This year’s lineup of Short Film nominees is also formidable and includes 2016 Cannes Film Festival International Critics’ Week selection Arnie, a magical fable by director Rina B. TSOU about a Filipino fisherman; Toward the Sun, a Cinéfondation Selection from the 2017 Cannes Film Festival; Babes’ Not Alone, an International Film Festival Rotterdam selection about a young woman’s frustrations when she is forced to look after a baby that’s not her own; student work Wild Tides, a raw and low-key depiction of rural Taiwanese youth at a loss from having nothing to do; Spring Breeze Young Men, a black-and-white portrayal of aimless Taipei university students who lead spiritless lives due to bleak futures; Dxgal, the short film debut of documentary filmmaker SU Hung-en that looks into the contrasting values different generations of indigenous people place on the land; Love After Time, the new film from Winds of September screenwriter TSAI Tsung-han about a mutant love story in the aftermath of a nuclear disaster; Our Base, in which two elementary school girls construct a secret base in a park but are hiding an even bigger secret; Purple Days, which explores the emotions of a hairdresser and Jazz band musician living as foreigners in New York and Japan; and True Emotion Behind the Wall, the latest project of Thanatos, Drunk director CHANG Tso-chi, which illustrates the lament and nostalgia of the incarcerated.

The nominees in the Animation category are also very competitive. They include Back, a surreal tale about the relationship between a grandfather and grandson, directed by multiple nominee and award-winner WU De-chuen; and Stories About Him, in which director YANG Yung-shen uses paper cutout and other animation techniques to piece together his grandfather’s appearance and memories. Both films will be making their world premiere at the Taipei Film Festival. Other nominated works include A Shiung and Price Siddhartha, a Buddhist tale directed by former Golden Horse Award Best Animation Feature winner KUNG Gen-ho; Bart, a unique and exquisite puppet animation featuring sculpted dough figurines; And Then, a black-and-white animation depicting a rigid and standardized modern urban society; White Tunnel, which portrays the treacherous atmosphere inside a cab as estranged siblings visit their mother’s grave together; Long Island, which revolves around the contradictions and struggles of an elderly lighthouse keeper who yearns for company; 20, a look into humanity in simple yet impactful lines; Fundamental, a well-executed journey exploring the values of youth; and WALL, a story about deciding to make a change rather than forever remaining in hiding, as told through the eyes of a street rat.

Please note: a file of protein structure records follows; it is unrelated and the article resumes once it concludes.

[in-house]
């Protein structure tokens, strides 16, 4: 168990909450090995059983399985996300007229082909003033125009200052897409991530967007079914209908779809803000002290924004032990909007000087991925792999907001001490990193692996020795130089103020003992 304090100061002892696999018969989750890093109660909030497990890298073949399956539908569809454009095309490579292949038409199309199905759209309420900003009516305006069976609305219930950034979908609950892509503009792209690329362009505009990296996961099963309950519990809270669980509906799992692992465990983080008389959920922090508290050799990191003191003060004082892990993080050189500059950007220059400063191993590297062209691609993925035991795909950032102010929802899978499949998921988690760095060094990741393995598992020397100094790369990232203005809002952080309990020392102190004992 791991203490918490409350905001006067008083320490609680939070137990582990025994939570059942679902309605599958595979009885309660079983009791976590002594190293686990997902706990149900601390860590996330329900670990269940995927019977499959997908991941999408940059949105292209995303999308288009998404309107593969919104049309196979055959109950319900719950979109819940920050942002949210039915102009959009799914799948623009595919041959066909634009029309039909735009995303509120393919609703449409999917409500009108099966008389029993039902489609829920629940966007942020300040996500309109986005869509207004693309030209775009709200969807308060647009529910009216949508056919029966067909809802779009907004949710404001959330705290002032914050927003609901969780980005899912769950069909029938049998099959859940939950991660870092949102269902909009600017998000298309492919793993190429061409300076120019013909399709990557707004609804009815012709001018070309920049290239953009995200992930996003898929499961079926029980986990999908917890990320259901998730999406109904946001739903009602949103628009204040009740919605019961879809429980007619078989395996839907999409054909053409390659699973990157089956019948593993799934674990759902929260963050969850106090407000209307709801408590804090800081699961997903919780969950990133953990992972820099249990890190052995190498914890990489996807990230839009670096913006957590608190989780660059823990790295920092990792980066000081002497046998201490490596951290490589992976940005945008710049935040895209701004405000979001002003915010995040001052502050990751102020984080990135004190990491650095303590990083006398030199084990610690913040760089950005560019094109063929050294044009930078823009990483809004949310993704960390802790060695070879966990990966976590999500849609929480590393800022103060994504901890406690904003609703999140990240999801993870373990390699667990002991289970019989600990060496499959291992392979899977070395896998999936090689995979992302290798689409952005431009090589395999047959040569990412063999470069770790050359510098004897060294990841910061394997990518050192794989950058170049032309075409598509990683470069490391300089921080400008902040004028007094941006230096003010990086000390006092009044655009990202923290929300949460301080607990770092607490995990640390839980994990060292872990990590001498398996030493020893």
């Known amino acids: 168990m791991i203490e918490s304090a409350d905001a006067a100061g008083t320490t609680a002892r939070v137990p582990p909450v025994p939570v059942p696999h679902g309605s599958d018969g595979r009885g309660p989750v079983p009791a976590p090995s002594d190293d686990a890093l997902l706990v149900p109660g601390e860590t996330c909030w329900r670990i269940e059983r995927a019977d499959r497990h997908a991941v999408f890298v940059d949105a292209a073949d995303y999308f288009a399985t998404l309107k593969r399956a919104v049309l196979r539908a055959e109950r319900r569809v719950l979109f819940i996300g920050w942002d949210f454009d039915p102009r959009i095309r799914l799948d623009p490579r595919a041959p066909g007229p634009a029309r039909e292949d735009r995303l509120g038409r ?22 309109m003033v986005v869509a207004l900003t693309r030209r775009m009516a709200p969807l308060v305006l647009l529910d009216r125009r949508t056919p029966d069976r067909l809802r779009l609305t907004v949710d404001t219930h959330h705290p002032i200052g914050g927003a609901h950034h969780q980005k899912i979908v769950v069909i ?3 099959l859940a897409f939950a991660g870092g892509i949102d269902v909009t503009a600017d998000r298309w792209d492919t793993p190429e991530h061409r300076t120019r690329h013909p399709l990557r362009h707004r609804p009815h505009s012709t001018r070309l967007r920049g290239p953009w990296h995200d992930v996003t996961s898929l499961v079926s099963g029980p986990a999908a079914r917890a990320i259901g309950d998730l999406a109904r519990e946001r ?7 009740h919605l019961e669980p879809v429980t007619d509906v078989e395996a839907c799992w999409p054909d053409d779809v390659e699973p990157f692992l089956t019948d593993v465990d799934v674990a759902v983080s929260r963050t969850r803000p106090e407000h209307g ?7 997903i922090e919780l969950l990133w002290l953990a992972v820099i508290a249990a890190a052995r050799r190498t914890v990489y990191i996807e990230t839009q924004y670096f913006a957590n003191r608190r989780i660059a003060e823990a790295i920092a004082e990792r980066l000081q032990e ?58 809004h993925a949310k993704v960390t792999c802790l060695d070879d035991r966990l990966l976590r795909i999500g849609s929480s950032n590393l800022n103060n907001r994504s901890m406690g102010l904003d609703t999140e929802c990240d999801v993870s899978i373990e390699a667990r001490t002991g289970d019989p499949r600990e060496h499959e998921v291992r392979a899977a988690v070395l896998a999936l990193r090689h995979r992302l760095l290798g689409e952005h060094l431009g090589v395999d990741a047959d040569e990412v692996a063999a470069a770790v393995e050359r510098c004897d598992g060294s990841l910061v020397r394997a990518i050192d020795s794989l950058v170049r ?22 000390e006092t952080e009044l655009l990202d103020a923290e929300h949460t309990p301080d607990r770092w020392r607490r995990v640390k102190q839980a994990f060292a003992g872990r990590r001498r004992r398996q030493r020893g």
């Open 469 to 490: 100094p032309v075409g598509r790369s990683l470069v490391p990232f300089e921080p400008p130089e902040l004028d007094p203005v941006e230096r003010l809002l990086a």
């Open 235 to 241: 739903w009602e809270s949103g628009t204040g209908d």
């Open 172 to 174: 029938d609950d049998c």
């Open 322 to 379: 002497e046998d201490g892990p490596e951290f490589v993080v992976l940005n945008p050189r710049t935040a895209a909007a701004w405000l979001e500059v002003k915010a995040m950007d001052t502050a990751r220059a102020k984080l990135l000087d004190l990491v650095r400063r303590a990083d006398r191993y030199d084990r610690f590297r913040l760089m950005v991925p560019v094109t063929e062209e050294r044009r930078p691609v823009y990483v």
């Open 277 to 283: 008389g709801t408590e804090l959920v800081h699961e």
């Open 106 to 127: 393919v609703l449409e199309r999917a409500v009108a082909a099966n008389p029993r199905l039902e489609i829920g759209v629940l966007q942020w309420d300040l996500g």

The Taipei Film Awards showcase the four categories of Feature, Documentary, Short Film, and Animation, with each category selecting up to 10 nominees. Each nominated film is in the running for the acting and technical award categories and is in contention for the NTlayout_mode:content million Grand Prize, the Taiwan film industry’s largest monetary prize. All nominated films will screen during the festival period. The winners will be chosen by a jury and announced at an award ceremony at Taipei’s Zhongshan Hall on July 15.

Source: Taipei Film Festival
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Taipei Film Festival